We now know we could end the AIDS epidemic by 2030, if we choose to. New evidence shows that starting HIV treatment immediately upon diagnosis is the most effective ways to prevent HIV transmission in communities. In order to get ahead of the epidemic, we need to double the number of people in treatment from 15 million to 30 million by 2020. What we do in the next 4 years will set the course to either end AIDS or allow the epidemic to continue spreading.
This goal will only be met if the human right to access to treatment immediately upon diagnosis is realized. However, a report from Health GAP and partners around the world, "Towards Treatment on Demand for All" shows that fewer than 1 in 10 people with HIV live in a country where treatment is provided to everyone immediately upon diagnosis. We have the science, we have the ethical imperative, and we have the ability to provide treatment on demand for all.
To achieve this, we need a 7% increase in the US global AIDS funding for each of the next four years.
Since 2010, the US budget for global AIDS has declined hundreds of millions of dollars. Without increasing funding from the US, and other donor countries, scaling up treatment we will fall behind and lose the chance to get ahead of the epidemic.
HOW DO WE FUND THE FIGHT?
The American people support the fight against global AIDS primarily through two funding mechanisms, PEPFAR and The Global Fund to Fight AIDS, TB, and Malaria (or ‘the Global Fund’ or ‘GFATM’). There are also smaller amounts for other agencies including the State Department and the Department of Health and Human Services, but our advocacy focuses on the PEPFAR bilateral programs and the Global Fund, our best and biggest tools.
The President’s Emergency Plan for AIDS Relief (PEPFAR) was created in 2003 by President Bush after an activist campaign to win a multi-year commitment to fund global AIDS programs. Through PEPFAR, the American people support the fight against global AIDS through bilateral and regional programs in 65 countries. As a result of this commitment, PEPFAR is supporting life-saving antiretroviral treatment for 9.5 million men, women, and children (of which, 5.7 million are receiving direct support and an additional 3.8 million are benefiting from essential technical support to partner countries).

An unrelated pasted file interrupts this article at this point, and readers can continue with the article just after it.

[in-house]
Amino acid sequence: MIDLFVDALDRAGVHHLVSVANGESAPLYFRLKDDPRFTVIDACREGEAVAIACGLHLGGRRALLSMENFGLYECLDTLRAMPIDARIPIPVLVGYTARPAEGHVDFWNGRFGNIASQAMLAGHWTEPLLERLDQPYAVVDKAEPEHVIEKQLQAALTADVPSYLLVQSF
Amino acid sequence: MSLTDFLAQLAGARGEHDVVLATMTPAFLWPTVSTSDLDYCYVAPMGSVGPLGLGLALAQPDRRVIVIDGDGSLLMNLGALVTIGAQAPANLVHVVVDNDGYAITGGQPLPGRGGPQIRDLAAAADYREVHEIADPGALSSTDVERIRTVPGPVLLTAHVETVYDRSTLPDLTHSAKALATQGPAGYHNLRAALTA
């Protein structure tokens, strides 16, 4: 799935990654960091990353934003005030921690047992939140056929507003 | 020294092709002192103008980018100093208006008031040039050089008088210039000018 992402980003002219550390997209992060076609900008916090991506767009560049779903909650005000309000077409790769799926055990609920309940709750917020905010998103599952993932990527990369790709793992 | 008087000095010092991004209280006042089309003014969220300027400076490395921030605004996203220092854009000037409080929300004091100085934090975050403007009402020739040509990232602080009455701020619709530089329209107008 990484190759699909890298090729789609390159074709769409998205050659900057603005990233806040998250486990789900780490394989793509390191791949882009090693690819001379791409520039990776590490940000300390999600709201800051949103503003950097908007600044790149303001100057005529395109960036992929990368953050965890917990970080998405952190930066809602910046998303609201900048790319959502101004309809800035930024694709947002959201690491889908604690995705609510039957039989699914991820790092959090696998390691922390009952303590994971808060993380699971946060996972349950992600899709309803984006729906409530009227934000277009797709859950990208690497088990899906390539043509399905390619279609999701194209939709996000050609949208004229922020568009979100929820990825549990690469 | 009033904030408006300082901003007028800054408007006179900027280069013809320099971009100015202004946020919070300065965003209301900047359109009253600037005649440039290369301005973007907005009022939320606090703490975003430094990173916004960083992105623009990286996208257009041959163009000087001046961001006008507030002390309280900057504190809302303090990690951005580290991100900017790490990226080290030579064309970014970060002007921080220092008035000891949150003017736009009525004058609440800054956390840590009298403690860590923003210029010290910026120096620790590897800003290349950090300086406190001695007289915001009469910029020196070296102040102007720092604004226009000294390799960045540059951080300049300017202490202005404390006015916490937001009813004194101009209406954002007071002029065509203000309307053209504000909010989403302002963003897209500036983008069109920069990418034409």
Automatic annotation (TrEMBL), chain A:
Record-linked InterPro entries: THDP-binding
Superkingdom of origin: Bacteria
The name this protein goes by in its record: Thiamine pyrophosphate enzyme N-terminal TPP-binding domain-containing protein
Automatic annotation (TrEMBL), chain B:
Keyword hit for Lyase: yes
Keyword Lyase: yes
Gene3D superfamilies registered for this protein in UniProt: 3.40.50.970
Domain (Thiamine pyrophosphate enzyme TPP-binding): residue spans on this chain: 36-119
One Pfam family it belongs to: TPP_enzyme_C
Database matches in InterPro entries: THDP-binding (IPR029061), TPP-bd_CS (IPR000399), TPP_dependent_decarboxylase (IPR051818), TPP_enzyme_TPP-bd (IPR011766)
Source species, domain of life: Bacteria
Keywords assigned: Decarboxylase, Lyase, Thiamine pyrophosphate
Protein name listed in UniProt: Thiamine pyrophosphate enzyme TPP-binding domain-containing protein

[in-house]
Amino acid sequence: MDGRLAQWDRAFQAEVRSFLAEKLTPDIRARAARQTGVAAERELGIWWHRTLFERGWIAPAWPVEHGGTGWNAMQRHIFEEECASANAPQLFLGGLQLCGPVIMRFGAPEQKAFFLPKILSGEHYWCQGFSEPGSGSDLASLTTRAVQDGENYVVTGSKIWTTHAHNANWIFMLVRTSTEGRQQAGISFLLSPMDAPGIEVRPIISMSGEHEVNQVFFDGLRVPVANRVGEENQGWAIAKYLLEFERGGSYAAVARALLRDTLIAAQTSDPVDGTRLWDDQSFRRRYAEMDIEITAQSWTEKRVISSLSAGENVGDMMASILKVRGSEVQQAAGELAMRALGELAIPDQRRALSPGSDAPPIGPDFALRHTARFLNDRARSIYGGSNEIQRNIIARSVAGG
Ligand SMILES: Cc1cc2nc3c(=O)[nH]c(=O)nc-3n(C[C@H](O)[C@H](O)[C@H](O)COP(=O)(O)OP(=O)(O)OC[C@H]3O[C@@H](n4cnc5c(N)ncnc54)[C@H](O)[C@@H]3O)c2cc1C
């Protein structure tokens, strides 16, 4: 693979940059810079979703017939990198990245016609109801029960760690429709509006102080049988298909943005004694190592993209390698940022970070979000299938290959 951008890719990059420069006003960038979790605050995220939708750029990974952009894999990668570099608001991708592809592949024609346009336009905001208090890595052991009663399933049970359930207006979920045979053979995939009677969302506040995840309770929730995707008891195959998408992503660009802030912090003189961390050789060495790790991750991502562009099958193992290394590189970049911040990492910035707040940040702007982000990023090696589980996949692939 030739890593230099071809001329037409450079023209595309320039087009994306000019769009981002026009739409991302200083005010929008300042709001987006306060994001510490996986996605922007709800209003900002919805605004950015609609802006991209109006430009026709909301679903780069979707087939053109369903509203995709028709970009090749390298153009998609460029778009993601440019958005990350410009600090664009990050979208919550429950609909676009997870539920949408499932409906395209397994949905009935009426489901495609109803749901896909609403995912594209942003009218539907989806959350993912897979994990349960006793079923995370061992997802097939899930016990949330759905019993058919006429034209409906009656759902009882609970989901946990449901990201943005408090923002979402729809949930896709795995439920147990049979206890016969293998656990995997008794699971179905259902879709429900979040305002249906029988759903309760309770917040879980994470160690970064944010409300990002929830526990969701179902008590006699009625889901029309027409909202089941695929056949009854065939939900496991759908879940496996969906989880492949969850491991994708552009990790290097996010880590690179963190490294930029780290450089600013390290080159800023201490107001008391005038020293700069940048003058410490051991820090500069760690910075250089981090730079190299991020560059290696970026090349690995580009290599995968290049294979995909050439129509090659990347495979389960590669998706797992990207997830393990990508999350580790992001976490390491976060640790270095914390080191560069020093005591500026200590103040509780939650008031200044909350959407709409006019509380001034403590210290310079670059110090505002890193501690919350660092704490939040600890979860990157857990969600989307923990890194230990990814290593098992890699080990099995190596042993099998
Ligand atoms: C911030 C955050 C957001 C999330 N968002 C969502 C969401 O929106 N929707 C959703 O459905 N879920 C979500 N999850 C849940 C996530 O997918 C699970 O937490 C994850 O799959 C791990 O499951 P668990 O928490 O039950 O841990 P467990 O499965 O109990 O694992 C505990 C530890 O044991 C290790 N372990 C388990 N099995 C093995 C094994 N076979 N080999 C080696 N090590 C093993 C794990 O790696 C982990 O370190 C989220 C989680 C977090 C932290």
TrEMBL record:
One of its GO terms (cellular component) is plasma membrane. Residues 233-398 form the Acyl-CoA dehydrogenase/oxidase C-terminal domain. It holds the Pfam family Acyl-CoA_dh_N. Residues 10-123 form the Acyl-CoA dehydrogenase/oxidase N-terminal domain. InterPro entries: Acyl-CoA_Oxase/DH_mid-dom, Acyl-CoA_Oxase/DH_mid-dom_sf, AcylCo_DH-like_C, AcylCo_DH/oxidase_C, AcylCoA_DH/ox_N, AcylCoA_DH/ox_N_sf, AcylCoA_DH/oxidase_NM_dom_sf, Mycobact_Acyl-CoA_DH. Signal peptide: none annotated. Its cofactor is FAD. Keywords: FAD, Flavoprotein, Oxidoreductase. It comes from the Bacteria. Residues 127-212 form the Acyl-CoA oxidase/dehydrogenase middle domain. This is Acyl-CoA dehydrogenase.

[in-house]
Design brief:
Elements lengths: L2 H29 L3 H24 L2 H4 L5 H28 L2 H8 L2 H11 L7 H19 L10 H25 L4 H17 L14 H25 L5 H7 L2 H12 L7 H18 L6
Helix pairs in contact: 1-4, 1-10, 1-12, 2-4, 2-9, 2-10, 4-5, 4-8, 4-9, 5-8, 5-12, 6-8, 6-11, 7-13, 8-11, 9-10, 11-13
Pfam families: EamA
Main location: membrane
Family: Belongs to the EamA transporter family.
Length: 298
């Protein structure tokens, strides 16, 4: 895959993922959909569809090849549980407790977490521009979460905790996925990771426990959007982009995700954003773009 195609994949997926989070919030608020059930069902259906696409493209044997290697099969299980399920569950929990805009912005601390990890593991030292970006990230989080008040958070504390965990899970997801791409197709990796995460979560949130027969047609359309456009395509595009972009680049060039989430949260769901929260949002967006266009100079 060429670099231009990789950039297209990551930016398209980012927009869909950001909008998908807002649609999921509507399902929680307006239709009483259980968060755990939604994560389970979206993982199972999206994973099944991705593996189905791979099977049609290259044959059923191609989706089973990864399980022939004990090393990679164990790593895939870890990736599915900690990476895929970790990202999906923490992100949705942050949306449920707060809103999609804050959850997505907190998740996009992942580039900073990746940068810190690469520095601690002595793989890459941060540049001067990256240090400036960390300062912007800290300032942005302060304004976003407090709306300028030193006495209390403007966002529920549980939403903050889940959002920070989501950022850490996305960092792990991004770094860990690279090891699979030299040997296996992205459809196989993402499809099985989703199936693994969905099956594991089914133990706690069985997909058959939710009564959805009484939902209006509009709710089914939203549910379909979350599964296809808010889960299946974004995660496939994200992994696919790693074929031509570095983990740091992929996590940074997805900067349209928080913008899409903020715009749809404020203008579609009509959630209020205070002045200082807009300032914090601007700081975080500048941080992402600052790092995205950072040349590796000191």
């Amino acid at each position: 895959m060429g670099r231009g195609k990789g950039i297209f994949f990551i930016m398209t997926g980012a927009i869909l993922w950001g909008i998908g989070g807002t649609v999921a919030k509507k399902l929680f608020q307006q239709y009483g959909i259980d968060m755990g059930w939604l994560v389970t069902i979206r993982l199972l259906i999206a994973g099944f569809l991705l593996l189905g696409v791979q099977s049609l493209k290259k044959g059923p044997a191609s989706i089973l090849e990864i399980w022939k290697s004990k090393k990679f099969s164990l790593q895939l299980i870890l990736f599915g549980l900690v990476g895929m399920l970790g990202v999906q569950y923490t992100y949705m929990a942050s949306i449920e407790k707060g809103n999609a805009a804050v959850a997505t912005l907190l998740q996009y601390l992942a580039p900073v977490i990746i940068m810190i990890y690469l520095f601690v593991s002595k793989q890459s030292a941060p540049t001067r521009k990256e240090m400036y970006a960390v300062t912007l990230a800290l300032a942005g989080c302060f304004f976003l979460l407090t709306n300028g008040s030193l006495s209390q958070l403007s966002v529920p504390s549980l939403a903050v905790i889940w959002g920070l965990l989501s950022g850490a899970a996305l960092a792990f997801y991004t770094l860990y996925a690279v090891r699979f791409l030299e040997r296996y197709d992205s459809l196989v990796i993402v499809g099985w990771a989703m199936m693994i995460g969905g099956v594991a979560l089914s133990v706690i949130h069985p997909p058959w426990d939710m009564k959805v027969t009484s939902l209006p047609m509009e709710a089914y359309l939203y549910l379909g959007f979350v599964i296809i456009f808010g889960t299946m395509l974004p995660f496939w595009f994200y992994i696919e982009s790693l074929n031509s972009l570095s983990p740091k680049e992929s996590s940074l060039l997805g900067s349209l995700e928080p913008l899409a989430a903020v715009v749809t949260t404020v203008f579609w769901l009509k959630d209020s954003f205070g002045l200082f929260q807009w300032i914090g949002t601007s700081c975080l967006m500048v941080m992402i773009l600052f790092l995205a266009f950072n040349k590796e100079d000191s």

Health GAP works with developing country activists to identify bottlenecks to effective use of PEPFAR funds or to highlight detrimental effects of reduced funding at the local level. We then pressure U.S. elected officials and the Administration to increase support and work to undo bottlenecks. Health GAP also works to identify problems with the Country Operational Plans that provide guidance to countries on how to use PEPFAR funds.
The US allocated $4.32 billion for PEPFAR bilateral programs for 2016. We are asking for an increase to $4.845 billion for 2017, and an additional 7% annually through 2020.
The Global Fund to Fight AIDS, TB, and Malaria is a partnership founded in 2002 between governments, civil society, the private sector and affected communities. It is a multilateral program, with funding received from more than one donor, and currently supplies about $4 billion per year. The Global Fund supplies commodities and technical assistance via country grants for a broad network of health and development organizations on the ground.
Health GAP works with AIDS and health activists in developing countries such as Uganda, Kenya, Nigeria, Zambia and others to wage campaigns that pressure their governments to strengthen proposals to the Global Fund, use the money more efficiently and increase civil society participation. In addition, we work on campaigns to increase local government investment in the fight against AIDS.
The Global Fund is entering its replenishment cycle in 2016, which will determine the level of funding the Global Fund can expect for the next 3 years. The U.S. is the largest donor to the Global Fund, supporting one third of the total, and allocated $1.35 billion for the Global Fund for 2016. We are asking that the US continues its one third commitment, and pledge one third of 13.5 billion over the next 3 years.
HOW DO WE WIN?
President Obama already released his final budget request on February 9, 2016 and he requested only flat-funding for PEPFAR and Global Fund. Congress actually makes the budget, and Global AIDS funding is determined by the State and Foreign Operations (SFOPs) appropriations sub-committees in both the House and Senate, and there are various key times when you should advocate to have your Congress people weigh in to ask for:
- PEPFAR - $4.845 billion in FY 17 (increase of $525 million)
- Global Fund - $1.5 billion in FY 17 (a commitment to one third of $13.5 billion for the 3 year cycle for a 3 year total of $4.5b)
For both funding streams, Health GAP is constantly working with grassroots AIDS activists and students around the United States to provide constant pressure to elected officials who determine the funding amounts from the U.S. for both PEPFAR and the Global Fund.To get involved in Health GAP's Fund the Fight campaign, please sign up on our Stay Connected page, use the hashtag #Vote2EndAIDS, and feel free to contact the Health GAP staff working on the budget campaign:
- Hilary McQuie (email@example.com) Washington, DC
- Emily Sanderson (firstname.lastname@example.org) New York
- Asia Russell (email@example.com) Uganda and Geneva
DOWNLOAD & PRINT OUR 'Fund the Fight' Lobbying Kit
Go here to see the Dear Colleague letter for FY 17